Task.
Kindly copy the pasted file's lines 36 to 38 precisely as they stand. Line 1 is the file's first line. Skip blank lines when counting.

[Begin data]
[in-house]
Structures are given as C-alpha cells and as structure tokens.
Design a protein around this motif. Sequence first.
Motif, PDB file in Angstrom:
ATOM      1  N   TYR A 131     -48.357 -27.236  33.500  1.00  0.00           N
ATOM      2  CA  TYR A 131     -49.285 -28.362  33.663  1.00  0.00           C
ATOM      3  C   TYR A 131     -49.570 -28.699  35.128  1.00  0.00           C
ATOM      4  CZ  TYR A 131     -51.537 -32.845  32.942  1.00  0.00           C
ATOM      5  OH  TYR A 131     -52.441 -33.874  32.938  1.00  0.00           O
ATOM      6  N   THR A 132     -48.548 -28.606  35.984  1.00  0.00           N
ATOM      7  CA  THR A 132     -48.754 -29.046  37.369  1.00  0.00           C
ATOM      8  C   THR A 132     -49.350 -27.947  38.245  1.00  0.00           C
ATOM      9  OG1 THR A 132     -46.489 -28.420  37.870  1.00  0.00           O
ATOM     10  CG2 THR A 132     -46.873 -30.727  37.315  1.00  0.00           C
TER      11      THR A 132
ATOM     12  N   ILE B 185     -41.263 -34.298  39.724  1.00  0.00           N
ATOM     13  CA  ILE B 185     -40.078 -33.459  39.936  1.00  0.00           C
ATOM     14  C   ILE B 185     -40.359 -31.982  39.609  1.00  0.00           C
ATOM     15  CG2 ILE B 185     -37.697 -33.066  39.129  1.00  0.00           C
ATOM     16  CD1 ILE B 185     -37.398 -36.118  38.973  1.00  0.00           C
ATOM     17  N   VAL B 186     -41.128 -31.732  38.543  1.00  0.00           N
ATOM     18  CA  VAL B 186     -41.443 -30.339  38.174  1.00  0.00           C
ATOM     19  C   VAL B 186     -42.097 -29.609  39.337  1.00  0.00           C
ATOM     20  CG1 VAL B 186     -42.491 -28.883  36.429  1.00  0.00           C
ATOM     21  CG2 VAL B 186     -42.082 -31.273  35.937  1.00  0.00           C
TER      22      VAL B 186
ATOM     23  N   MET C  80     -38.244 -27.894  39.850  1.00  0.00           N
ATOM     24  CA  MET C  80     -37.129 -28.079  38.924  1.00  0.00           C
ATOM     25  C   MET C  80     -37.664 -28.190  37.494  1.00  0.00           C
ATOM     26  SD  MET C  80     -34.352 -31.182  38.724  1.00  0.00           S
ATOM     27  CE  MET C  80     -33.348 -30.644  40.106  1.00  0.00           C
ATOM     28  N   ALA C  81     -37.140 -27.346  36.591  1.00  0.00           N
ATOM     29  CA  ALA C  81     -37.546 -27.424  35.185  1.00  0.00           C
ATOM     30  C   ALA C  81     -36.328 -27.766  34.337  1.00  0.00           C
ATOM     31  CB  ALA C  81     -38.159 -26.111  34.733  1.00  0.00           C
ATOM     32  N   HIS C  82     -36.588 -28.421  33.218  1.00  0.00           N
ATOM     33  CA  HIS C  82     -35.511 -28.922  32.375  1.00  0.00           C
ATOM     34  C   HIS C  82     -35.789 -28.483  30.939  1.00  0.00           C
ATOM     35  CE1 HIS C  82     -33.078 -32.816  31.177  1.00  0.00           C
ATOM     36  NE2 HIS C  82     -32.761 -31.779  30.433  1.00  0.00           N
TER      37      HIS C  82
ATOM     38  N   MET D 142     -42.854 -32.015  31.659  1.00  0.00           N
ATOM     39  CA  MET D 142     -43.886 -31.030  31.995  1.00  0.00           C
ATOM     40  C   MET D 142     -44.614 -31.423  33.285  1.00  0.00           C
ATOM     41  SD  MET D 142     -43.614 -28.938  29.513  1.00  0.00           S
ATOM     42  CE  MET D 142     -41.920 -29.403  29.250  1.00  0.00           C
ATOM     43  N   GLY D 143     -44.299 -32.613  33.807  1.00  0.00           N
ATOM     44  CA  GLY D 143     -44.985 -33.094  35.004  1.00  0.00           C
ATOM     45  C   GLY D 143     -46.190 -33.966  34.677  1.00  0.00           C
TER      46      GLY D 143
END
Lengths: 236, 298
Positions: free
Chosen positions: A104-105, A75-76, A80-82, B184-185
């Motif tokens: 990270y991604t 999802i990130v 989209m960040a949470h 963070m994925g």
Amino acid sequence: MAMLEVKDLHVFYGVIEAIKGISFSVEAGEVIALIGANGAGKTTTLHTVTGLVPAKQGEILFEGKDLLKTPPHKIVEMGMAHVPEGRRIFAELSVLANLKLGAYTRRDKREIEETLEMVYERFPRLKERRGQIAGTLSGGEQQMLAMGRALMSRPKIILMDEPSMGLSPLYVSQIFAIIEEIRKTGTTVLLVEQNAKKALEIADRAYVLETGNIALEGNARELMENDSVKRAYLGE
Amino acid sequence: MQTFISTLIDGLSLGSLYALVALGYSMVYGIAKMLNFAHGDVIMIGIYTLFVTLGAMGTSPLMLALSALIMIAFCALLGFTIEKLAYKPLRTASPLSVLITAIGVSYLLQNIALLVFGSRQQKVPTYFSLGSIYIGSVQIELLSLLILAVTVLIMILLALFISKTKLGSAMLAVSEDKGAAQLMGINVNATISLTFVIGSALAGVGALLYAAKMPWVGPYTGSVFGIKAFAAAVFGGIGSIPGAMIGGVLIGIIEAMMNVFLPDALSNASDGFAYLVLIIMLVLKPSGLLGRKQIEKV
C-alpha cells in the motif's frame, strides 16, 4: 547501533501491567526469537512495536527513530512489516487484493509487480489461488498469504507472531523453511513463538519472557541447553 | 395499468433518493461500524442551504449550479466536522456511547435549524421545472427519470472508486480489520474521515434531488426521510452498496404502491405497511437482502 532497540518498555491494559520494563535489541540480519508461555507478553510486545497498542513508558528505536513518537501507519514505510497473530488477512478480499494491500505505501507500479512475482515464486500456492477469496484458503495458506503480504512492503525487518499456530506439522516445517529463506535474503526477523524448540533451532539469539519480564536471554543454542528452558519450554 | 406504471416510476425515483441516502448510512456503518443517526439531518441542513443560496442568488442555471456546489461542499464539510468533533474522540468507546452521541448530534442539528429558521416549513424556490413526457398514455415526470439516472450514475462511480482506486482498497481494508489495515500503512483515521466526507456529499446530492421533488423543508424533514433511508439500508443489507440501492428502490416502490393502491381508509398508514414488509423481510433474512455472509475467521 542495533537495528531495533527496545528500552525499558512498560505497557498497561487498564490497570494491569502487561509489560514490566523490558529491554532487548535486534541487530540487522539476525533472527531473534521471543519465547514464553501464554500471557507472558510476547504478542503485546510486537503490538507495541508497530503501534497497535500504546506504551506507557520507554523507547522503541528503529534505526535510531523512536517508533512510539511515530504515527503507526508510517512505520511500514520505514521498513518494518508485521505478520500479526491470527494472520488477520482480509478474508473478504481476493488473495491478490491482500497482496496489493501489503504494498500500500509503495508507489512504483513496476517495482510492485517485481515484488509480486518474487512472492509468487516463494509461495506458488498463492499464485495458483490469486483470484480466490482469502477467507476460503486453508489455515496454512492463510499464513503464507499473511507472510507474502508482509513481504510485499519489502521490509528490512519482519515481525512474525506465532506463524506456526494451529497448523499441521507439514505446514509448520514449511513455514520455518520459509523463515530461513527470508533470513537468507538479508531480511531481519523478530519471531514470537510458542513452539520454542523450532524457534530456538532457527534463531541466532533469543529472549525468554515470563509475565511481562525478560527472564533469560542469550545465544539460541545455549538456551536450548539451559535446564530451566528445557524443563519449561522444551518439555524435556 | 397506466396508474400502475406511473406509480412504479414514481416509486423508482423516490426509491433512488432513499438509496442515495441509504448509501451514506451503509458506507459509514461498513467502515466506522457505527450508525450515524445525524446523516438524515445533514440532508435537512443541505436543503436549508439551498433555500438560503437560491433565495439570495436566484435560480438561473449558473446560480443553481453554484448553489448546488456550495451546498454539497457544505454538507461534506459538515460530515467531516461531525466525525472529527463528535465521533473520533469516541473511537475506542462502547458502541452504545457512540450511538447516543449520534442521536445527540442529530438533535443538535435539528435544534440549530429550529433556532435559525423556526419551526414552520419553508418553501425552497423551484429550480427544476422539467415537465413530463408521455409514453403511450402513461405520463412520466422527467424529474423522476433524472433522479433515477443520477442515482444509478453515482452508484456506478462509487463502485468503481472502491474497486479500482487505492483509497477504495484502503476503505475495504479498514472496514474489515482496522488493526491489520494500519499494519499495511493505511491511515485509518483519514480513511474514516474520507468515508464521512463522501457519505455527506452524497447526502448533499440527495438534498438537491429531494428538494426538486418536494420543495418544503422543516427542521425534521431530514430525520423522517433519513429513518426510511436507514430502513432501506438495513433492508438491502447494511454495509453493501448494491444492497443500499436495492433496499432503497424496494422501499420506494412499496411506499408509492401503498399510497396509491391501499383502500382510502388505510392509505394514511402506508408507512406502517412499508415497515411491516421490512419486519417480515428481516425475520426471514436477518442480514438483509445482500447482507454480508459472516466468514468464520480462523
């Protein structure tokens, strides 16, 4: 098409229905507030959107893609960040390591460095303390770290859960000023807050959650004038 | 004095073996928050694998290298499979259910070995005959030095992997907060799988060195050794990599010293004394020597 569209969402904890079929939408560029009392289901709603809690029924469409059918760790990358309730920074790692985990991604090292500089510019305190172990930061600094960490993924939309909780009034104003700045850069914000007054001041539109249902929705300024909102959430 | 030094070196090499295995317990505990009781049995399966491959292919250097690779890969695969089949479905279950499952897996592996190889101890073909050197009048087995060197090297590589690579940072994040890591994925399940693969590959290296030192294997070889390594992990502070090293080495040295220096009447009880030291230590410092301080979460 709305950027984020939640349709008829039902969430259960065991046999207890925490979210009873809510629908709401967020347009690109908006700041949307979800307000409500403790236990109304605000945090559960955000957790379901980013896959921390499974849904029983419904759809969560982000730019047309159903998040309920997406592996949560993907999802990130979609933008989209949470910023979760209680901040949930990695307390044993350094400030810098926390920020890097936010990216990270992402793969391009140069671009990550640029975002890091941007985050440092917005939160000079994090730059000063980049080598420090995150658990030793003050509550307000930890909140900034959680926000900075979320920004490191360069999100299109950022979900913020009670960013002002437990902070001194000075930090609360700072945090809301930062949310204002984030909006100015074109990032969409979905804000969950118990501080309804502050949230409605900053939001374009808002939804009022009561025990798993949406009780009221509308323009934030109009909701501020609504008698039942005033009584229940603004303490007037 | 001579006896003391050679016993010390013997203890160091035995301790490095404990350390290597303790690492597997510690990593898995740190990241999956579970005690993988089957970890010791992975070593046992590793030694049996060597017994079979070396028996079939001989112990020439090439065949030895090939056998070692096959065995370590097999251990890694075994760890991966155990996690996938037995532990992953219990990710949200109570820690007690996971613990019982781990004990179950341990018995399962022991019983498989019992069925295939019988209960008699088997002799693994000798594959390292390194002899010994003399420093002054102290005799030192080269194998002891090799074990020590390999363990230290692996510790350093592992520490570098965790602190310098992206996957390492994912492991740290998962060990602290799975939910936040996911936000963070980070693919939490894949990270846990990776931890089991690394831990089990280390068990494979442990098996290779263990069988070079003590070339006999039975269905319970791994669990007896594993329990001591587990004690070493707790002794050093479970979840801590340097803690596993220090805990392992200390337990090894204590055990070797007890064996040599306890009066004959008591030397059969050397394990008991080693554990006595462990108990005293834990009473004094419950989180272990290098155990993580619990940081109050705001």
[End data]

ATOM     32  N   HIS C  82     -36.588 -28.421  33.218  1.00  0.00           N
ATOM     33  CA  HIS C  82     -35.511 -28.922  32.375  1.00  0.00           C
ATOM     34  C   HIS C  82     -35.789 -28.483  30.939  1.00  0.00           C